Style Profile: Brown Ale

Posted on 12.24.07 5:30PM under Brown Ale, Style Profile

Mug of Brown AleIn the old days, all the beer was brown. They didn’t have a good way to malt the grains at a specific temperature for a specific time, so all malts were fairly highly kilned. Thus a brown color. This was probably before there were really “beer styles” per se. But now we have a big system for classifying beer, and there is a set of categories for Brown Ales.

There are three main types of Brown ales: Mild, English Brown, and American Brown. Mild is a British beer style that is a low alcohol, classically sessionable brown ale. While a low alcohol content – generally less than 4% ABV – is hallmark, there is still plenty of flavor. Bitterness is typically mild, with the focus on the malt flavors. But with a medium brown color, the malts will impart a tasty, yet approachable flavor. I think of Mild as a classic cask ale – served cellar temp with just a spritz of bubbles in there.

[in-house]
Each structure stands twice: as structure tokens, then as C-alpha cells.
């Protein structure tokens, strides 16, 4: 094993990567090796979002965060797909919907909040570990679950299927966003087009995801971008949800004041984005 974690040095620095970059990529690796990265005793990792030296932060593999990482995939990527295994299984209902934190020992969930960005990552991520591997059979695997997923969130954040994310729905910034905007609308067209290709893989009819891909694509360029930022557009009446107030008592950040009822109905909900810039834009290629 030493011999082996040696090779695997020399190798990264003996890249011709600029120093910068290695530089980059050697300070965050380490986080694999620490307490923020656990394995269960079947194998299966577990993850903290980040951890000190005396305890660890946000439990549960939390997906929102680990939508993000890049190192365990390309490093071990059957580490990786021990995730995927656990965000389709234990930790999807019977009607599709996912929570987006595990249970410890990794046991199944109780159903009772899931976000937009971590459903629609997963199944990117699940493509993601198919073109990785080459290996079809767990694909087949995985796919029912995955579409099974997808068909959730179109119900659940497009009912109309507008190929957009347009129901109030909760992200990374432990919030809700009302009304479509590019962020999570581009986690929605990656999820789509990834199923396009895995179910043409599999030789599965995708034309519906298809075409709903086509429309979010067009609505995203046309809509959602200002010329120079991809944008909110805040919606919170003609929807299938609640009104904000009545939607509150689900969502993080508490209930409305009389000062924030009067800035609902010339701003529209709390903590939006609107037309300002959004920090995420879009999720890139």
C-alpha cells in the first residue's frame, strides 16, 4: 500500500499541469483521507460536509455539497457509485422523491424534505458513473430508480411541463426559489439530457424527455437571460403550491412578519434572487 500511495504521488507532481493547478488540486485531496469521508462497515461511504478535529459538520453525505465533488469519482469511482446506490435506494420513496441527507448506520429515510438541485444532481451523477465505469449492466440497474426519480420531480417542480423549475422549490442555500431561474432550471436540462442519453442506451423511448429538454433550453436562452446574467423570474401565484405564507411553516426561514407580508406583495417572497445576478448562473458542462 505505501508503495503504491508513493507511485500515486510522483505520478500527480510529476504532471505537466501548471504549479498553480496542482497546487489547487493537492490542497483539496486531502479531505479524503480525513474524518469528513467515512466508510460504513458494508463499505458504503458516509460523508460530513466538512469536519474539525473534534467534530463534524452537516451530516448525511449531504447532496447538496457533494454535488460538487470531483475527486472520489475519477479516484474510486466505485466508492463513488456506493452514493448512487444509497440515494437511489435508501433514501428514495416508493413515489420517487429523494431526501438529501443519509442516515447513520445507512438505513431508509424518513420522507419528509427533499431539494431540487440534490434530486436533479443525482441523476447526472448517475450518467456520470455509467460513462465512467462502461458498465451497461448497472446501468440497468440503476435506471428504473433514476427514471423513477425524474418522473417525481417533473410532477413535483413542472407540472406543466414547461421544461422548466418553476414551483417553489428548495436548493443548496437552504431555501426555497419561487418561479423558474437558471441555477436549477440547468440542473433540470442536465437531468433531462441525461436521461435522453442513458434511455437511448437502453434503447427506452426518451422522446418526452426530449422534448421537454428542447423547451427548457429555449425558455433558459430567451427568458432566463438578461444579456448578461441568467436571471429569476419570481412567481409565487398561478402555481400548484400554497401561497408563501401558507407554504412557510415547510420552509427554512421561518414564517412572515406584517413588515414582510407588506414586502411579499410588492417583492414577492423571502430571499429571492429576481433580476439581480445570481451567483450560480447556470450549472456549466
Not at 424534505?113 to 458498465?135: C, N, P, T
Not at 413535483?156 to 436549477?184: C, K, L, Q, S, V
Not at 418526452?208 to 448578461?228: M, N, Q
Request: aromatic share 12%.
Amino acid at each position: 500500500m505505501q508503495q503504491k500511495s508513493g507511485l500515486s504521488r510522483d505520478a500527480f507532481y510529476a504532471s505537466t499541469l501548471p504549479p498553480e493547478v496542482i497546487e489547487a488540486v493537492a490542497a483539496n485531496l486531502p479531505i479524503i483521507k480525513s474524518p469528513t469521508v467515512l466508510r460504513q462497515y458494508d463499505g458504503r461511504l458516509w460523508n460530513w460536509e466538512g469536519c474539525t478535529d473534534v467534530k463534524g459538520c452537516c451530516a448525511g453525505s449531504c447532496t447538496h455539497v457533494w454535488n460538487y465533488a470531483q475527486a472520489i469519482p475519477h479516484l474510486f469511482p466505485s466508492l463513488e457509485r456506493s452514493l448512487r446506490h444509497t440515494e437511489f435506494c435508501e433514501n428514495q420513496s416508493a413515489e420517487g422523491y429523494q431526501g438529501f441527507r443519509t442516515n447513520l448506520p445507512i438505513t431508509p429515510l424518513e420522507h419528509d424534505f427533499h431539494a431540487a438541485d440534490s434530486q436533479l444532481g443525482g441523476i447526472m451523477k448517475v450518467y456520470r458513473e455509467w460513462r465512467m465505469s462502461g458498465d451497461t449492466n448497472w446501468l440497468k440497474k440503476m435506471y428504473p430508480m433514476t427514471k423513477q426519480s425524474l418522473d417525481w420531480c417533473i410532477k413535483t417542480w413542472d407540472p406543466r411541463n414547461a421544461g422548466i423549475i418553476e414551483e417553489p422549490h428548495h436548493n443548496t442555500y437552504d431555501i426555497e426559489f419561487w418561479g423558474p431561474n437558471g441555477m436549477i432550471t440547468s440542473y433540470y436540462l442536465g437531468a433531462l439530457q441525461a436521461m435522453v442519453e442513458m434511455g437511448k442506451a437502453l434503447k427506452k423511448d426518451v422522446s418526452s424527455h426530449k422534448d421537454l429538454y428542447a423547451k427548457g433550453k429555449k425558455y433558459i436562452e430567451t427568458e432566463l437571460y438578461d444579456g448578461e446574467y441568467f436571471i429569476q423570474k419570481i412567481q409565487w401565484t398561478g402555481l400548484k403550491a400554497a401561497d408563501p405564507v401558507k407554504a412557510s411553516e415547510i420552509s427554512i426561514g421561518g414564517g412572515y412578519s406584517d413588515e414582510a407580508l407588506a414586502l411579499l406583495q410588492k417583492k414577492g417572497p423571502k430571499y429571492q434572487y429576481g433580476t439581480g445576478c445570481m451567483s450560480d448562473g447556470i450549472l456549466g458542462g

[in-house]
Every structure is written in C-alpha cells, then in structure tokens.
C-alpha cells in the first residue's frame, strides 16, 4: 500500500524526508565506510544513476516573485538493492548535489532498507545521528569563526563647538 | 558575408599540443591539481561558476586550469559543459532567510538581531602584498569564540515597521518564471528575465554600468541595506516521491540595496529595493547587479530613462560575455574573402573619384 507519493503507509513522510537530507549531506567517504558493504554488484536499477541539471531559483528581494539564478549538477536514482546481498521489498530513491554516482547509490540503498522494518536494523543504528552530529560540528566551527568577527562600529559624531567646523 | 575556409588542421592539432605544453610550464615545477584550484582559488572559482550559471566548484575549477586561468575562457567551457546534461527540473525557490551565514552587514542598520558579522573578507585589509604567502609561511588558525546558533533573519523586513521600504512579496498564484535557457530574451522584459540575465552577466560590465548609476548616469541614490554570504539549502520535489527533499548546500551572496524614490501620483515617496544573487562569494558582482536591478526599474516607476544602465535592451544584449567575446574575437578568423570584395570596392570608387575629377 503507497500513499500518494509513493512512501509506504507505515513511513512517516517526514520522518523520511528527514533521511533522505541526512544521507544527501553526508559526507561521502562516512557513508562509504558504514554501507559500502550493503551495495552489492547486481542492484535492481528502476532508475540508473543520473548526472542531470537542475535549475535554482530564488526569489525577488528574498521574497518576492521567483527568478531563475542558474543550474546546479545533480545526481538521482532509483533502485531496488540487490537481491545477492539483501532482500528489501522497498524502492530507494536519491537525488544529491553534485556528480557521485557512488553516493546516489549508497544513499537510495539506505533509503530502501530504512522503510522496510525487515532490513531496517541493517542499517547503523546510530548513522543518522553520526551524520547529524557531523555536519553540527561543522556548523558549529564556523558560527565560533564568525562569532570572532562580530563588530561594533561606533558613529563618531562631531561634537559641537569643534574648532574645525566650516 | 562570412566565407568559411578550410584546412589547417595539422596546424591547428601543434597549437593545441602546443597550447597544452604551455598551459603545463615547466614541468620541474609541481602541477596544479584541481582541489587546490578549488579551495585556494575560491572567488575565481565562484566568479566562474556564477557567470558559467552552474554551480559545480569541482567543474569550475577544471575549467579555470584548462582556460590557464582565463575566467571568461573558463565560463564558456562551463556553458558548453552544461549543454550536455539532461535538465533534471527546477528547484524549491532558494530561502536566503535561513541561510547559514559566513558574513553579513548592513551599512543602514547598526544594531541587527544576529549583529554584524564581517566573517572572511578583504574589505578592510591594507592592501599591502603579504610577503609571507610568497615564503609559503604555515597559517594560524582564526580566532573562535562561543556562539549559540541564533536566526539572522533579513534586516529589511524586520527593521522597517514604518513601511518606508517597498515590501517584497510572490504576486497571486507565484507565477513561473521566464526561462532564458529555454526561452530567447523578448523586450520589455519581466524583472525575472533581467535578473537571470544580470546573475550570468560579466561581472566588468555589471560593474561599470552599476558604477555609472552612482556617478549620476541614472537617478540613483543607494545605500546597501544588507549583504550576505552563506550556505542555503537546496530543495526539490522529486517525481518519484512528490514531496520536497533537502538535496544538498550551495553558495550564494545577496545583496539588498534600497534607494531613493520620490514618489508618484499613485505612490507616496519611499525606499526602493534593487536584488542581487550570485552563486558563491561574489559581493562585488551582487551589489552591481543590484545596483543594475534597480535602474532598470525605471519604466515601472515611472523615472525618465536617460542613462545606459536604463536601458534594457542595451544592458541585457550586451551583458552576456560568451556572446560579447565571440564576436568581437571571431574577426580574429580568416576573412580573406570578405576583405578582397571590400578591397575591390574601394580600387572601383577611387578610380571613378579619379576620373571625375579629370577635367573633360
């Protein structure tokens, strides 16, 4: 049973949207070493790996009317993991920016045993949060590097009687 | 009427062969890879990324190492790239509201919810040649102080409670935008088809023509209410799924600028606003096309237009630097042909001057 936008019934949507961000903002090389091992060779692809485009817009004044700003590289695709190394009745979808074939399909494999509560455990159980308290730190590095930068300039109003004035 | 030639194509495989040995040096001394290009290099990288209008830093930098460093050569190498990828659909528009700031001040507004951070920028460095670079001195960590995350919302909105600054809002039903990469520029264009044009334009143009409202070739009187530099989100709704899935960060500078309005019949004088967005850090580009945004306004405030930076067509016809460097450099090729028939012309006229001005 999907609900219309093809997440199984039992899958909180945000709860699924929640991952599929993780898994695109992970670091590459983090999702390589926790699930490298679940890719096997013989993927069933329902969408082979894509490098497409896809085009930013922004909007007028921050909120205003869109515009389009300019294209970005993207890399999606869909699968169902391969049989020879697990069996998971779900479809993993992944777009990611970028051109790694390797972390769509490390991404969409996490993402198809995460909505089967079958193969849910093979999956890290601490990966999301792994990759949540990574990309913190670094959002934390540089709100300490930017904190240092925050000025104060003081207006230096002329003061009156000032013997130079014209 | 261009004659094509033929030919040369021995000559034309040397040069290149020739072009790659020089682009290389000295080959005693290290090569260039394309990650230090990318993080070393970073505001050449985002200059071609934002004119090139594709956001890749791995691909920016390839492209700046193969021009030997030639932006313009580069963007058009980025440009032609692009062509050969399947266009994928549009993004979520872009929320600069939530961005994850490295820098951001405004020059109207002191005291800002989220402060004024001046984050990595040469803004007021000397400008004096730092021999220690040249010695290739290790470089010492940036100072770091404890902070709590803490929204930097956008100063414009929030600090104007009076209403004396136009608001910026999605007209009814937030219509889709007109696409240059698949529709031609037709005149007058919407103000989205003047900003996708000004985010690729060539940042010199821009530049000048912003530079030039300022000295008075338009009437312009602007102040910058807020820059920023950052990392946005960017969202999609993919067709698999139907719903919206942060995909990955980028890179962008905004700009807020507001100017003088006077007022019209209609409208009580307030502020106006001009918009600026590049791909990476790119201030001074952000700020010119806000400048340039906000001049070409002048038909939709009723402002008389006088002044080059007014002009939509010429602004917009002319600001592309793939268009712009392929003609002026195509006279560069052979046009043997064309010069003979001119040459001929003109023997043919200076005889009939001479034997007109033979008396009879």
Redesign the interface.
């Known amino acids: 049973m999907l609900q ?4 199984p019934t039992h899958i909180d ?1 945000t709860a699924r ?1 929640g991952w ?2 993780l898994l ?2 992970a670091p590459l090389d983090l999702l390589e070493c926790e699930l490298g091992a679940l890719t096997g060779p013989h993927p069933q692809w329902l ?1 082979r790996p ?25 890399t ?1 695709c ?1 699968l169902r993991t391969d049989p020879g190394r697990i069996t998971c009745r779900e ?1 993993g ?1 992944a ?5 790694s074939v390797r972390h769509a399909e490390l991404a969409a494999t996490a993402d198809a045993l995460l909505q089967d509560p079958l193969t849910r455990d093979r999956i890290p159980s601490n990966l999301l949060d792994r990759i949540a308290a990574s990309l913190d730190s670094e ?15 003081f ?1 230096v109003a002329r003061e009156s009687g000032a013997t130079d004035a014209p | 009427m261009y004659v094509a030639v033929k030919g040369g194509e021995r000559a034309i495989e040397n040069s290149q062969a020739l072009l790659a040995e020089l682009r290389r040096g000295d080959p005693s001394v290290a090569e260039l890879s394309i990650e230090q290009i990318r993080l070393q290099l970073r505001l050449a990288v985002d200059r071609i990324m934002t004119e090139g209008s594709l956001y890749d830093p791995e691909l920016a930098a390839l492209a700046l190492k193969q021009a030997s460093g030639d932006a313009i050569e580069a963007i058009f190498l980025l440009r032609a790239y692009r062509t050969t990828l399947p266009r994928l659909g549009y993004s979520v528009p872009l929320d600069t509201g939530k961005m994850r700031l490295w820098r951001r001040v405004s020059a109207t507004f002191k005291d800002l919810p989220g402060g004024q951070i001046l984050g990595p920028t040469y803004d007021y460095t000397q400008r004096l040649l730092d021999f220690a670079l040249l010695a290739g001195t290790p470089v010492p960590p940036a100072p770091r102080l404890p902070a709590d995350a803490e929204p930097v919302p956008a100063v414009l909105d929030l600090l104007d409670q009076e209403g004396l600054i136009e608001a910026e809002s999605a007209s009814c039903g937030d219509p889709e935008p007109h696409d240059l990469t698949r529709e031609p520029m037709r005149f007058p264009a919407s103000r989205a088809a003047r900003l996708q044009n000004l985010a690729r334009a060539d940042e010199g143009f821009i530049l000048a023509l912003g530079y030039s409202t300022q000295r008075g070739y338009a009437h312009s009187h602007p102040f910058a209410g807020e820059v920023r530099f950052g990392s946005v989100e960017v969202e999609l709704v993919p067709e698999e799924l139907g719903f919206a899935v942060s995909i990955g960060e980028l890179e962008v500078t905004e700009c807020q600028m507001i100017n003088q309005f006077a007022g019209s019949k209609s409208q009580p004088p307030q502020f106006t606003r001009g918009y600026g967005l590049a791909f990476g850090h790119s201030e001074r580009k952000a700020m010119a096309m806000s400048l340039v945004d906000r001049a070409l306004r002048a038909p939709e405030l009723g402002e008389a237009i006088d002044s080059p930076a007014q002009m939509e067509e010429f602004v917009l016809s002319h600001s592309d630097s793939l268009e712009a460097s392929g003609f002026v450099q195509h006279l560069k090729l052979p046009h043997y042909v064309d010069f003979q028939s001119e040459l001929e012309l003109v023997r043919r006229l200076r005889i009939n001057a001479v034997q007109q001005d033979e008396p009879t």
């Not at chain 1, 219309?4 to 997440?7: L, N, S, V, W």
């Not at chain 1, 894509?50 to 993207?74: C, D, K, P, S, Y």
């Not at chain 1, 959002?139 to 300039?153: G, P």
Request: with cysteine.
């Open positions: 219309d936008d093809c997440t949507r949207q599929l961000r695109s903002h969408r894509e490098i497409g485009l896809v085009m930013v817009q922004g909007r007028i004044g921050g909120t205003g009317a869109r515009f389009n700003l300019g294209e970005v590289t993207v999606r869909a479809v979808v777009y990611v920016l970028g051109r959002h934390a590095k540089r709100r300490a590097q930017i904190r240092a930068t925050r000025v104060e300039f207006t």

English Brown has a Northern Type and Southern Type, but basically, English Brown is a heavy duty Mild. More of a standard 5% ABV range, just a tad browner, and with perhaps a more assertive and balanced hop character. Think of Newcastle – that’s a classic English Brown ale, and perhaps the most famous one.

American Brown ales are a standard “American” adaptation of a British style. It is a Brown ale with significantly increased hop presence in bitterness, flavor, and aroma. These days, American browns really run the gamut, from more traditional, subtle offerings to over-the-top brown beasts.

No matter the sub-category, expect a brown ale to be a medium brown, but not even verging on black. The malts will probably play a central role in the flavor, but they may be nutty or chocolaty or a bit roasty or somewhere in between. The hops will normally be more subdued, but some brewers might choose to accentuate the hops in a way that reflects their identity.

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